Electrical, Electronic, Telecommunications and Plumbing Union


The Electrical, Electronic, Telecommunications and Plumbing Union, known as the EETPU, was a British trade union formed in 1968 as a union for electricians and plumbers, which went through three mergers from 1992 to now be part of Unite the Union.

EETPU
Electrical, Electronic, Telecommunications and Plumbing Union
Merged intoAEEU
FoundedJuly 1968
Dissolved1 May 1992
HeadquartersHayes Court, Bromley, London[1]
Location
Members
425,000 (1970s)
Key people
Frank Chapple, Eric Hammond
PublicationContact[1]
AffiliationsTUC, NFBTO, Labour
Now part of Unite the Union

History


The union was formed in July 1968 with the merger of the Electrical Trades Union and the Plumbing Trades Union to form the Electrical, Electronic & Telecommunications Union & Plumbing Trades Union, which became the Electrical, Electronic, Telecommunications & Plumbing Union in 1973.[2] Archives of government papers show that "a period of severe industrial unrest" began in September 1970.[3] Local authority manual workers wanted a £30 minimum weekly wage. A Committee of Inquiry recommended a 14.5 per cent increase, but the government considered it to be too high. In the winter that followed (i.e. winter of 1970/1971) an electricity power workers strike caused the Cabinet to declare a national emergency. The first miners' strike followed in 1972.

For many years the EETPU owned and operated its own Technical Training Department which was based at Cudham Hall in Kent. This received much acclaim and press attention in its day.

In September 1982, Chapple became President of the Trades Union Congress and was succeeded by Eric Hammond in 1984. Chapple was elevated to the House of Lords as Lord Chapple of Hoxton in 1985.[4][5]

In 1986 the union's members replaced print workers that had been sacked by News International, prompting the Wapping dispute that led to the irrevocable change of Fleet Street.

Expulsion from the TUC

The union had its own approach to making deals with companies, and thus often clashed with the TUC from which it was expelled for violating the Bridlington Agreement governing the transfer of members between TUC unions. The EETPU had developed a policy of signing single union agreements in companies where it had few members. In 1987, the TUC asked the EETPU to retract from these agreements at Yuasa (a Japanese battery company), Thorn-EMI and Orion (a Japanese electronics company). The EETPU refused and its 225,000 workers were expelled. Around 5,000 members, led by John Aitkin, decided to split away in order to remain within the mainstream trade union movement, and founded the Electrical and Plumbing Industries Union.[6] It has since been revealed that the union colluded with the Thatcher government in the 1980s, giving advice to ministers about how to 'deal' with left wing unions, and possibly supplied a list of left wing members to the government and security services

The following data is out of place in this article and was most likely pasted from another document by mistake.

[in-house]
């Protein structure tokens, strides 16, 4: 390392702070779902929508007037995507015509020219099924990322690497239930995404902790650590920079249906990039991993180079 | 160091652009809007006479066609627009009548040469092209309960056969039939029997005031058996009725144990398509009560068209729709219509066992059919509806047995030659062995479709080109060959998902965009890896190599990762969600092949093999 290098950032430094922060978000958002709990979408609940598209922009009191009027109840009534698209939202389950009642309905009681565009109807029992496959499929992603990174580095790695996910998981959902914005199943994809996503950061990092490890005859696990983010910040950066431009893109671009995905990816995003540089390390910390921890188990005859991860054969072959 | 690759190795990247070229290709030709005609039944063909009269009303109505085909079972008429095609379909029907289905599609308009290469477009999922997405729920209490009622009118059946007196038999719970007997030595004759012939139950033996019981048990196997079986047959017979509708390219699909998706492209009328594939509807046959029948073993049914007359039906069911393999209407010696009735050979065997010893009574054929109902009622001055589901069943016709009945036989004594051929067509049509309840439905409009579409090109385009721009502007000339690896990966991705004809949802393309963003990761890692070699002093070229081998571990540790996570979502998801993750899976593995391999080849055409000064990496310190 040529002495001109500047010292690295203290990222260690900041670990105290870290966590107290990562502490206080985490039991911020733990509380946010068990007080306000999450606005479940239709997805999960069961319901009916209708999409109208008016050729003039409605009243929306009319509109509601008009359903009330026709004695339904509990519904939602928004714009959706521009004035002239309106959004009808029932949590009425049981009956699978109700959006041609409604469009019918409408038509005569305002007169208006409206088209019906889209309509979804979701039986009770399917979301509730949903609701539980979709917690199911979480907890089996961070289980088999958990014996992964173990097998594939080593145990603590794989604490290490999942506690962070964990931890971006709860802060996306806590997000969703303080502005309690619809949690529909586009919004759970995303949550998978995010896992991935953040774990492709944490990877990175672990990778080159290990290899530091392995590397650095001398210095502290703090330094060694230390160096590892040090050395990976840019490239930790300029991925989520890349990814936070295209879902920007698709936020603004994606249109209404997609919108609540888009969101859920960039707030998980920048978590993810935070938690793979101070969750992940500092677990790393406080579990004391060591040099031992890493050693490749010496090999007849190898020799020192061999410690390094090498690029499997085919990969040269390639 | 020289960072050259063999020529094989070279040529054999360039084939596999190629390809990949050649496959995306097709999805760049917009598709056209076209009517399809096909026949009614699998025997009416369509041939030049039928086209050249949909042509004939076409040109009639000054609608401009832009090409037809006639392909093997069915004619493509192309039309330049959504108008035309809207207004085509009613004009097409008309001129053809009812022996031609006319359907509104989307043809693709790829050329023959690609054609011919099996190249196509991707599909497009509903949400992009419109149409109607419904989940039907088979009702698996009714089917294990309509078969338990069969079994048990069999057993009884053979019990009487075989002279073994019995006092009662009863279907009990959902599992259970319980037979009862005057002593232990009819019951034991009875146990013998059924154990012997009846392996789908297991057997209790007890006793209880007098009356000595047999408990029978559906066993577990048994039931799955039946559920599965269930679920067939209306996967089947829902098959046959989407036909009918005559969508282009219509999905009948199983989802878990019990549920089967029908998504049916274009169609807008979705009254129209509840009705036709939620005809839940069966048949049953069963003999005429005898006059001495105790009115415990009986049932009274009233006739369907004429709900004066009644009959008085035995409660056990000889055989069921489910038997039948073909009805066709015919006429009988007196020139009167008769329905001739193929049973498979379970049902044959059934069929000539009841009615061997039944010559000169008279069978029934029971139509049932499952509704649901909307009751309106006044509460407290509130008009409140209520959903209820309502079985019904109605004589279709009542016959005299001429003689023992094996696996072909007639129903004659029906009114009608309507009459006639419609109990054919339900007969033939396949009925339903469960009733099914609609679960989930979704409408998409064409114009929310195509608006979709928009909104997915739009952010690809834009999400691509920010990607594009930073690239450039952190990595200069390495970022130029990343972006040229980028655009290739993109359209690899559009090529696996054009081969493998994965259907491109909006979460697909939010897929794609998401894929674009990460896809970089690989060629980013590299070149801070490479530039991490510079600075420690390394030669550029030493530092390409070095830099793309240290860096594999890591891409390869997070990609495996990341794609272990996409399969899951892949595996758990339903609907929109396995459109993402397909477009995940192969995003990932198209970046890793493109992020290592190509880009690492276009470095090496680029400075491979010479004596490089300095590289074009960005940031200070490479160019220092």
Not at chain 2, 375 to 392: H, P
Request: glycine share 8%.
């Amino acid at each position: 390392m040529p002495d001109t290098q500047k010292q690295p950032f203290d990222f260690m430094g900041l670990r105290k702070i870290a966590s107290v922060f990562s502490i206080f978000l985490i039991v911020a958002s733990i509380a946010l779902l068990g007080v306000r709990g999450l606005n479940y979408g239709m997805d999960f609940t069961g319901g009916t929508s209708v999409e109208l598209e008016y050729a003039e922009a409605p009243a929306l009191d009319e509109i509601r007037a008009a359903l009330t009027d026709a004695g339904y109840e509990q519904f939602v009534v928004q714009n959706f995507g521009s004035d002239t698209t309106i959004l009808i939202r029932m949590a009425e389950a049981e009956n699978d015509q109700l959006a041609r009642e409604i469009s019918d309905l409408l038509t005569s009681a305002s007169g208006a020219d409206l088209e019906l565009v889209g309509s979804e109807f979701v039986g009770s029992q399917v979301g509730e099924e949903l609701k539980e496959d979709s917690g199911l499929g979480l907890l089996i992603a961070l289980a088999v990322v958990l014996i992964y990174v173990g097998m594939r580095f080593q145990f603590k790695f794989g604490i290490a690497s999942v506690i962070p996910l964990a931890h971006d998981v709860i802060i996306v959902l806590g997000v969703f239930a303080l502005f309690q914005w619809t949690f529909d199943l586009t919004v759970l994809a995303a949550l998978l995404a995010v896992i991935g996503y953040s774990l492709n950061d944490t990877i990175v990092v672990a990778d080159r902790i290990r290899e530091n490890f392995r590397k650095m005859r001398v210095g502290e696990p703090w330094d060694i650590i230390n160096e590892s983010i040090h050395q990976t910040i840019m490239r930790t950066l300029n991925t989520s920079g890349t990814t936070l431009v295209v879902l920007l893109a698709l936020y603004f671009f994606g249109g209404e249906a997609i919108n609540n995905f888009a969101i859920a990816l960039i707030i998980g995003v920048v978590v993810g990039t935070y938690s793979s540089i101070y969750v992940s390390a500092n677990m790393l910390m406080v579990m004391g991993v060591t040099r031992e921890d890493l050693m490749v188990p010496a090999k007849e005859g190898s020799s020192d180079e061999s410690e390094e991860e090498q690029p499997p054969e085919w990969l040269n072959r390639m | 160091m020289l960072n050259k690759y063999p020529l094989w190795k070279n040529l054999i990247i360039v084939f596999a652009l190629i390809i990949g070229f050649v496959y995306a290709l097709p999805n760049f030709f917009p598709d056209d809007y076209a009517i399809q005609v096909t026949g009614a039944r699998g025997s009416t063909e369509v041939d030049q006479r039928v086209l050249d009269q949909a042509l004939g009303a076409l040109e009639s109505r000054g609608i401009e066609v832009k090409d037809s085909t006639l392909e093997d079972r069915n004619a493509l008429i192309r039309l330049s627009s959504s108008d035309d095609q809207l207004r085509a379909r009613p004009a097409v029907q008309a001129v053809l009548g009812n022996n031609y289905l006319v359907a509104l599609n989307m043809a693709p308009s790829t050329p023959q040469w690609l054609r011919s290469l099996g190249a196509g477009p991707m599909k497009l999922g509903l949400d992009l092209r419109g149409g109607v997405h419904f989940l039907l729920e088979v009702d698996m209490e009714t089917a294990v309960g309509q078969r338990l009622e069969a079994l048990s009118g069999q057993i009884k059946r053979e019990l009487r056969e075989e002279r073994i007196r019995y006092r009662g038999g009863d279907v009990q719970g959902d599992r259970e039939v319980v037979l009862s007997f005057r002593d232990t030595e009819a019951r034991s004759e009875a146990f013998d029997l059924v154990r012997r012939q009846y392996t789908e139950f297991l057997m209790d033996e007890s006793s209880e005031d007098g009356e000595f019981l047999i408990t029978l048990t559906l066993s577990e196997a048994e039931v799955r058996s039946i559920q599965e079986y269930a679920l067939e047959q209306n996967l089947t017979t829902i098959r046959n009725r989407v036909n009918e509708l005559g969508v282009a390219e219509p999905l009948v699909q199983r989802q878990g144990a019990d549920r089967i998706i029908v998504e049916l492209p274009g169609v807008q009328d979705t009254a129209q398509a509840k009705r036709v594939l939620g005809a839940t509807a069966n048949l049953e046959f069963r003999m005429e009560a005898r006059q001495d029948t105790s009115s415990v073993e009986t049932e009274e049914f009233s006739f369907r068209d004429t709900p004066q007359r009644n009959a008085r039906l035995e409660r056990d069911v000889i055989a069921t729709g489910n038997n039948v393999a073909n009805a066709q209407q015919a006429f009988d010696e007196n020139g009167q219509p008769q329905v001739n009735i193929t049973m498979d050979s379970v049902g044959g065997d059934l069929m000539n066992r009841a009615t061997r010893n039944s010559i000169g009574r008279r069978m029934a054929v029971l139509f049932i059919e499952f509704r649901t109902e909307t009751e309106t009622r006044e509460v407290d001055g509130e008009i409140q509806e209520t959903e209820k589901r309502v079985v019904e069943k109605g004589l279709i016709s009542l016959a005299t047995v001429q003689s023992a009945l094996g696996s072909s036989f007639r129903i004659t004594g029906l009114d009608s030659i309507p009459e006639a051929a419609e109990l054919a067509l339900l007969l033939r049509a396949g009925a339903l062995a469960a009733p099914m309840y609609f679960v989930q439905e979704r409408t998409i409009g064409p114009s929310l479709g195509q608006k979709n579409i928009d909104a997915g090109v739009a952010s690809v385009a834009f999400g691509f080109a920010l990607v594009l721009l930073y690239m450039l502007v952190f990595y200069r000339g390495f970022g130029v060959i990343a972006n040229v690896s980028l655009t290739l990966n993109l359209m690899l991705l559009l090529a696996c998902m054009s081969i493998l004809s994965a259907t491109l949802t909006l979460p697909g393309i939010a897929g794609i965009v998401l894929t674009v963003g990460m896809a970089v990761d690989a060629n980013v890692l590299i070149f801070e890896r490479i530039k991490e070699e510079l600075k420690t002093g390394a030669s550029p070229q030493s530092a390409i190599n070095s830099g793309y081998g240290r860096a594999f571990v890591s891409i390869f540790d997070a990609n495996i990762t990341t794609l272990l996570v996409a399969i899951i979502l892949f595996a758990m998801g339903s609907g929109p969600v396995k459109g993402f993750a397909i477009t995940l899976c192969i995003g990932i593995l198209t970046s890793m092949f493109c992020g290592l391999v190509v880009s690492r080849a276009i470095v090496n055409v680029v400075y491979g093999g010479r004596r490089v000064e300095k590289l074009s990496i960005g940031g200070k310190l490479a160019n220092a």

Mergers

The union merged with the Amalgamated Engineering Union to become the Amalgamated Engineering and Electrical Union (AEEU) in May 1992, so the electricians were now part of the TUC. The AEEU was led by Ken Jackson, who belonged to the EETPU. The AEEU merged with the Manufacturing, Science and Finance (MSF) to become Amicus in 2001. Amicus, the largest private sector union with 1.2m workers, was led by Derek Simpson since June 2002. Tony Dubbins, of the NGA in the Wapping dispute, became Joint Deputy General Secretary in 2004. Amicus merged with the Transport and General Workers' Union in May 2007 to become Unite the Union.

Amalgamations


A large number of small unions amalgamated with the EETPU:[7]

  • 1980: Steel Industry Management Association, Telecommunications Staff Association, United Kingdom Association of Professional Engineers
  • 1982: British Transport Officers' Guild